The McGraw-Hill Companies, Inc.
I am fascinated by this story and ask him questions about the location of the oilfield, bubble cap columns, the refining process. He answers all my questions, even advising me to read Perry's Handbook to understand the distillation process better!

Me: Anna, did you see the lions roaming free in the oil refinery? Or the village?

Anna: Unfortunately, no.

Pause.

Anna: You know, they don't need boundary walls for protection. Not for the refinery. Not for the village. Pause. The lions protect the refinery and the people. Roaming free.

I have not verified this story with Uncle Nagarajan who is 91 or 92 years old.
Anna has also narrated the story to my sister and niece.
Pretty much word for word.
I believe that this is a true story.

Thursday, July 27, 2017

The Changing Language of My Mother Tongue

My father, Anna, can speak English, Kannada,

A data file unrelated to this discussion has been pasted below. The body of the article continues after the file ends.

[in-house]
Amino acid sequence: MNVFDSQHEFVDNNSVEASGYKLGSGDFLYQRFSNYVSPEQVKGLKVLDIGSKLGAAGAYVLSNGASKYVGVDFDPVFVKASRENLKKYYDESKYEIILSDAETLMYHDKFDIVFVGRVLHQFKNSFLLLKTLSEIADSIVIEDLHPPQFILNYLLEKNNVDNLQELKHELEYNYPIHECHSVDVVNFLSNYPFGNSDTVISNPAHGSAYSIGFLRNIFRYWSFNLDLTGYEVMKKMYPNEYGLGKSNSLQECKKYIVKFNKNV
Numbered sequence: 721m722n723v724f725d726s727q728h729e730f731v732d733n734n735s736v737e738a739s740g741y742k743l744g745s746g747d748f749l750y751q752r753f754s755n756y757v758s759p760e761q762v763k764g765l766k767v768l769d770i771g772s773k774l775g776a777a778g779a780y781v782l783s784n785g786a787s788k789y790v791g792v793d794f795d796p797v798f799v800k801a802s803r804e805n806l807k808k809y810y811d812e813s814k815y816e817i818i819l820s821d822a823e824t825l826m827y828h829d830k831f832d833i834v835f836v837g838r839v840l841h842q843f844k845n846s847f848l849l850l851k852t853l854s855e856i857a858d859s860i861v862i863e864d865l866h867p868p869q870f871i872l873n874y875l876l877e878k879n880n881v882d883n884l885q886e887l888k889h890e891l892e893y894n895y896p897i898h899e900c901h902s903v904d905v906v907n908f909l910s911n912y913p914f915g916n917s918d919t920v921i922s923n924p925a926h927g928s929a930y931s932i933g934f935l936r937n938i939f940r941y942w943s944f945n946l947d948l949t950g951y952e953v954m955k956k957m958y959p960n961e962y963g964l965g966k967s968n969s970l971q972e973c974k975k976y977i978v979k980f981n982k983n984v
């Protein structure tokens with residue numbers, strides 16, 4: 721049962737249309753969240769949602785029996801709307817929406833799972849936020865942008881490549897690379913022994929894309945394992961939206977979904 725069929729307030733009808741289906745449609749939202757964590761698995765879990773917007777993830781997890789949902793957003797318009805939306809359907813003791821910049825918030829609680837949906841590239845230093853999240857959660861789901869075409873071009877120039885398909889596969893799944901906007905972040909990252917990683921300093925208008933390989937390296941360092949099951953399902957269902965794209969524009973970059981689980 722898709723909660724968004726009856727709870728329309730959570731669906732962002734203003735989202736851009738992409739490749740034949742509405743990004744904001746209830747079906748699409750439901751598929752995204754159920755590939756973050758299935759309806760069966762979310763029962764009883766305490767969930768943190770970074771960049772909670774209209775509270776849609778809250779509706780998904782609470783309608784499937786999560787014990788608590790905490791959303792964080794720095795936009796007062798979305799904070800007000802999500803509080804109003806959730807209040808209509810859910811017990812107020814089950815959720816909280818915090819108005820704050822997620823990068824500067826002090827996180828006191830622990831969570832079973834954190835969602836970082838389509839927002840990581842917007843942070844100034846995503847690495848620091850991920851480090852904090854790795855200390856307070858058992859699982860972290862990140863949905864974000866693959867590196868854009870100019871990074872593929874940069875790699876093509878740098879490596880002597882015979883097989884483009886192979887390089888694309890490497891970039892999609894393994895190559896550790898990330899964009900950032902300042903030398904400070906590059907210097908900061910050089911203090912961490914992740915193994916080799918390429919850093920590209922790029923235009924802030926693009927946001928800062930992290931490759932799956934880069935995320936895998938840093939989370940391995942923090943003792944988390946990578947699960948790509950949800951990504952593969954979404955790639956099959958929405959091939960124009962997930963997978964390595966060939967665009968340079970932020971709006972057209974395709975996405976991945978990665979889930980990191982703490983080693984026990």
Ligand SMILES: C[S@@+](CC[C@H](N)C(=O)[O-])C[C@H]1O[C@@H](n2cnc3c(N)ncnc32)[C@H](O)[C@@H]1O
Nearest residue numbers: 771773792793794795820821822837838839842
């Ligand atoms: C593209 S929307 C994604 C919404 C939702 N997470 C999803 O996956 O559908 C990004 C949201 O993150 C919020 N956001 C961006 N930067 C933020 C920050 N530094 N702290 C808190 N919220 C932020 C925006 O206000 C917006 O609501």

Tamil, Malayalam, & Hindi
with varying degrees of proficiency
Photo Courtesy: theodysseyonline.com
When people ask me, "What is your mother tongue?", I say Kannada. But that is not true. If mother tongue refers to the language I grew up speaking, then my mother tongue is English (I duck to avoid the imaginary spears of anti-nationalism being flung at me as I write this!)

My father was born and brought up in Tamil Nadu and hence reads, writes, and speaks Tamil fluently. He learned English in school, Malayalam when he was posted in Kerala, and Hindi, when he was required to pass a mandatory Hindi test to get a Central Government job in the '50s / '60s.

My mother was born and brought up in Delhi and hence was fluent in Hindi.

As we are Kannadiga Madhwas, we all speak Kannada (me haltingly, often searching for words in desperation!) Most of the time, I speak with Anna in English, our primary language of communication.


My parents, sometime in the early 70s

I learned Hindi only when I was 9 or 10 years old. Till then, Hindi was limited to the Bollywood songs my mother listened to on the radio. At that time, we thought our father spoke great Hindi (it sounded so much like the songs we heard!) We still laugh when we think of how impressed we were when Anna said, "कलम में स्याही है" ("There is ink in the pen") - his earliest recollection of learning Hindi was not the alphabet but this sentence. It was only much, much later that we realized that Anna's Hindi was South-Indian accented with a very limited vocabulary.